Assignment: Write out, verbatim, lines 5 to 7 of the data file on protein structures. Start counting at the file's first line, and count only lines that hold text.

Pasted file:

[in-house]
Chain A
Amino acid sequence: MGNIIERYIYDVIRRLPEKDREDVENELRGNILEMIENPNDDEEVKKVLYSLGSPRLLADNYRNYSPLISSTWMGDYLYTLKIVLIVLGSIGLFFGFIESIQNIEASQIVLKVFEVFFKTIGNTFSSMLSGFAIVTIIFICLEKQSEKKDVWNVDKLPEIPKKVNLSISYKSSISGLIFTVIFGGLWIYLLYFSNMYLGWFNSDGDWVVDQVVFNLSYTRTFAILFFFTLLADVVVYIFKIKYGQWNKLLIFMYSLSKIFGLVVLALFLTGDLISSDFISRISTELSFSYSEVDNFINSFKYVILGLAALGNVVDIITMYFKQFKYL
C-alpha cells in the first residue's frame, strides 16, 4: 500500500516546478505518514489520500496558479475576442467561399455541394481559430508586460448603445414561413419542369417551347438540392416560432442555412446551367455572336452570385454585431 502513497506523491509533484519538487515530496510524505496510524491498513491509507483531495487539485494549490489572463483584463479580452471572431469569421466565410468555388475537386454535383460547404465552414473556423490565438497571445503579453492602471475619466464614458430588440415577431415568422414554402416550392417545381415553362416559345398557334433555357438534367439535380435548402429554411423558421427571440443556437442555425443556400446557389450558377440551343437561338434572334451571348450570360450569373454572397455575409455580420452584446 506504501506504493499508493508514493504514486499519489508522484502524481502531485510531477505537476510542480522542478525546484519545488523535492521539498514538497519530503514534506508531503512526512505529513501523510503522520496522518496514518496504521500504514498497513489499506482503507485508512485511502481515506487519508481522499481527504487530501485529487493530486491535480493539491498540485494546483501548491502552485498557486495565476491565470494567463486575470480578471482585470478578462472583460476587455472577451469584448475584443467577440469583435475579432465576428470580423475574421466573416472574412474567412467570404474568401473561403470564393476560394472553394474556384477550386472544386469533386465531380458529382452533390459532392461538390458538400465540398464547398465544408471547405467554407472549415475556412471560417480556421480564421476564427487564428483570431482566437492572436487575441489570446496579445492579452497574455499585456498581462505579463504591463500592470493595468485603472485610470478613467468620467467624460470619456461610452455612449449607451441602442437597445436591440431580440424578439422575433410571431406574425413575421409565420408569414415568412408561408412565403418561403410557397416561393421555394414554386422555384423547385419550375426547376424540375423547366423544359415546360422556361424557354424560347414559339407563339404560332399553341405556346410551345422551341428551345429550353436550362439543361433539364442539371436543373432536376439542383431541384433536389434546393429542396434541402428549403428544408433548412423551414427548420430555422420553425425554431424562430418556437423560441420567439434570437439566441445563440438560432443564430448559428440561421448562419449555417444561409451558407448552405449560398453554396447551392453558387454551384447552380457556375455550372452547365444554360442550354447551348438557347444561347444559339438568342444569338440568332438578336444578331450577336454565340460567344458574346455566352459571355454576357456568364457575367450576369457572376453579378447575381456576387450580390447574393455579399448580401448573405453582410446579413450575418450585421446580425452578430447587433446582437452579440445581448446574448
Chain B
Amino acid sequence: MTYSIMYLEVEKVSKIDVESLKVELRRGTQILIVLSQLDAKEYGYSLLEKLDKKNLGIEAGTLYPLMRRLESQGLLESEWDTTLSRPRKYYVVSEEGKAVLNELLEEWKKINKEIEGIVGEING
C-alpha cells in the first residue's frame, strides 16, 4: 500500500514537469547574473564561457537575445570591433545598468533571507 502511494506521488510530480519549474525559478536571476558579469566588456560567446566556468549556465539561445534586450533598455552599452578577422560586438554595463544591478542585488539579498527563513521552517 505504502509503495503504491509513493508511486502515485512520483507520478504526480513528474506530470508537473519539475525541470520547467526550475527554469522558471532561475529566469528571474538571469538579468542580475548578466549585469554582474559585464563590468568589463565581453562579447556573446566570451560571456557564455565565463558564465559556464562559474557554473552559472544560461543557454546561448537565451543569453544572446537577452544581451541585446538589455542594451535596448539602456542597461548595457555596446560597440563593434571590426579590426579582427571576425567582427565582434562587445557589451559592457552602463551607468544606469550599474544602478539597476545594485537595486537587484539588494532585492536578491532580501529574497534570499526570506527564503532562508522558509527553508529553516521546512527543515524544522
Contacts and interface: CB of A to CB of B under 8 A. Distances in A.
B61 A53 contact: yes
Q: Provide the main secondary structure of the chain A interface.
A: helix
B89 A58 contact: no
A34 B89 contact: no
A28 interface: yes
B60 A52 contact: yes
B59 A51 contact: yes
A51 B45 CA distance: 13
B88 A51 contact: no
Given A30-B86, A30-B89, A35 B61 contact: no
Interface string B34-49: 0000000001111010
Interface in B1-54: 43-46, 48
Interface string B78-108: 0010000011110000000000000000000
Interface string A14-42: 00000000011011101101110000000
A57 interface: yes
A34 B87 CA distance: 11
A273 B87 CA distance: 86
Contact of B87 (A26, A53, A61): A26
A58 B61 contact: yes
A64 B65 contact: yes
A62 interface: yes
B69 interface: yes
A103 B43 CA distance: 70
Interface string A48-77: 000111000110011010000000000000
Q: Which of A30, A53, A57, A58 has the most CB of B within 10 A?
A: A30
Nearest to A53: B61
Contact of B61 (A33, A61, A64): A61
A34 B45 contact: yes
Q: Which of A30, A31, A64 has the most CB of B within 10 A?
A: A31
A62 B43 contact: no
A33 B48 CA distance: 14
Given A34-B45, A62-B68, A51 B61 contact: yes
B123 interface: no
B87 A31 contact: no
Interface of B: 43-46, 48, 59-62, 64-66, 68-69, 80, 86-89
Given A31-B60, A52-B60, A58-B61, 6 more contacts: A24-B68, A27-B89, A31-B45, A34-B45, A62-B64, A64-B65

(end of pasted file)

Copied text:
Chain B
Amino acid sequence: MTYSIMYLEVEKVSKIDVESLKVELRRGTQILIVLSQLDAKEYGYSLLEKLDKKNLGIEAGTLYPLMRRLESQGLLESEWDTTLSRPRKYYVVSEEGKAVLNELLEEWKKINKEIEGIVGEING
C-alpha cells in the first residue's frame, strides 16, 4: 500500500514537469547574473564561457537575445570591433545598468533571507 502511494506521488510530480519549474525559478536571476558579469566588456560567446566556468549556465539561445534586450533598455552599452578577422560586438554595463544591478542585488539579498527563513521552517 505504502509503495503504491509513493508511486502515485512520483507520478504526480513528474506530470508537473519539475525541470520547467526550475527554469522558471532561475529566469528571474538571469538579468542580475548578466549585469554582474559585464563590468568589463565581453562579447556573446566570451560571456557564455565565463558564465559556464562559474557554473552559472544560461543557454546561448537565451543569453544572446537577452544581451541585446538589455542594451535596448539602456542597461548595457555596446560597440563593434571590426579590426579582427571576425567582427565582434562587445557589451559592457552602463551607468544606469550599474544602478539597476545594485537595486537587484539588494532585492536578491532580501529574497534570499526570506527564503532562508522558509527553508529553516521546512527543515524544522